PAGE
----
How do both fission and fusion generate energy?

Fission is the splitting of heavy nuclei (such as uranium) – in two smaller nuclei. This process needs less energy to ‘bind’ them together – so energy is released. Fission happens quite easily – and is used to generate electricity in conventional nuclear power stations.

Fusion on the other hand, is the process of sticking together light nuclei (typically hydrogen-like nuclei). The larger nuclei again needs less energy to hold it together – so energy is released. This is what happens in the Sun and stars, and research on how to harness fusion energy on Earth is being carried out in devices such as tokamaks and stellarators.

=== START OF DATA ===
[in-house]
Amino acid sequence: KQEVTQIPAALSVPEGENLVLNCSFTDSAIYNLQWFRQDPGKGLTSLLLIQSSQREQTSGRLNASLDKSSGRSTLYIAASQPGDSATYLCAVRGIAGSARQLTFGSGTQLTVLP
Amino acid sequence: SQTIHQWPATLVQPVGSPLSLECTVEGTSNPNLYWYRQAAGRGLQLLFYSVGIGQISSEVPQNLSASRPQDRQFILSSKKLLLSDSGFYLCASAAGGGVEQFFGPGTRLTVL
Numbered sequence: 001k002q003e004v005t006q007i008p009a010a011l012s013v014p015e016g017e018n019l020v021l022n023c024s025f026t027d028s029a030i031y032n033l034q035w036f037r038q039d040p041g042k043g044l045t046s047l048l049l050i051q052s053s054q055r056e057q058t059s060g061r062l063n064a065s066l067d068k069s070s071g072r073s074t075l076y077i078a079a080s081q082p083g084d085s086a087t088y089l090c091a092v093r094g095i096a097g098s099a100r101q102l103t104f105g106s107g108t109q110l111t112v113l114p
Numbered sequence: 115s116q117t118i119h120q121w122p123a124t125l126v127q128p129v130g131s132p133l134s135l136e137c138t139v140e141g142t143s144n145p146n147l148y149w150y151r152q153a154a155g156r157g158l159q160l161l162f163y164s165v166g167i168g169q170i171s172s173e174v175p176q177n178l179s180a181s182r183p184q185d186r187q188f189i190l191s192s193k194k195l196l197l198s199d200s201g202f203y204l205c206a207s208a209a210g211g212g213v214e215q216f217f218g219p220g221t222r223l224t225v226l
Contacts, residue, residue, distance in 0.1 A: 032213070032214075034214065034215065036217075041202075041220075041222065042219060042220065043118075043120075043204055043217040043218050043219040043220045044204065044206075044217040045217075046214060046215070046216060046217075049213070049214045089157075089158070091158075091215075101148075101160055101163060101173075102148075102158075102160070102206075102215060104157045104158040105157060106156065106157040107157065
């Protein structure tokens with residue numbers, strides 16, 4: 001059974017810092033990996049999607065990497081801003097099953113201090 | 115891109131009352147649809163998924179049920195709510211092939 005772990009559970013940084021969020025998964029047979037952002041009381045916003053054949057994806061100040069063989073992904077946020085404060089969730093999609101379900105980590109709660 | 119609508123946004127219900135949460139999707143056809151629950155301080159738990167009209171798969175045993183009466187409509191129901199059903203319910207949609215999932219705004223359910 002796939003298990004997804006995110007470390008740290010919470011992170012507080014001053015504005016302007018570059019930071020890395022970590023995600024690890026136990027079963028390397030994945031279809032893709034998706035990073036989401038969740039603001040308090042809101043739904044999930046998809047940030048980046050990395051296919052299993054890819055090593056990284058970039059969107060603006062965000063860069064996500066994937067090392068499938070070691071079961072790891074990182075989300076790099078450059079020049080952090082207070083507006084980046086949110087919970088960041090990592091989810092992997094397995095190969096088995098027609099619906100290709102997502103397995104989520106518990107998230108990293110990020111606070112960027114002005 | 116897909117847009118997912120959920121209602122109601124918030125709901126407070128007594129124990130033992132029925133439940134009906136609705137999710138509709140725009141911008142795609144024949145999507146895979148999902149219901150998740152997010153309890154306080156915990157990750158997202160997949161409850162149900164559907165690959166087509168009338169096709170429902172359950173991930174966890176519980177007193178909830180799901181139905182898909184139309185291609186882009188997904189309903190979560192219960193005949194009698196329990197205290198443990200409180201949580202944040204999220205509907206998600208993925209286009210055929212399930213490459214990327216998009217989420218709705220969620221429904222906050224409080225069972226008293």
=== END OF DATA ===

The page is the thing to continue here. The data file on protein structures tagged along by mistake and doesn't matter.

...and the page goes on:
While it might seem confusing that energy can be generated by both fusion and fission , as they appear to be quite opposite processes, the explanation lies in the size of the nuclei.

Light elements, such as hydrogen and helium, have small nuclei that release lots of energy when they fuse together. Moving to heavier atoms, less energy is released in each fusion event; until, at iron (26 protons and 30 neutrons), no more energy is released by fusion. Any bigger, it takes energy to make fusion happen. Atoms with really huge nuclei, such as uranium and plutonium do the opposite of fusion: they release energy when they break apart.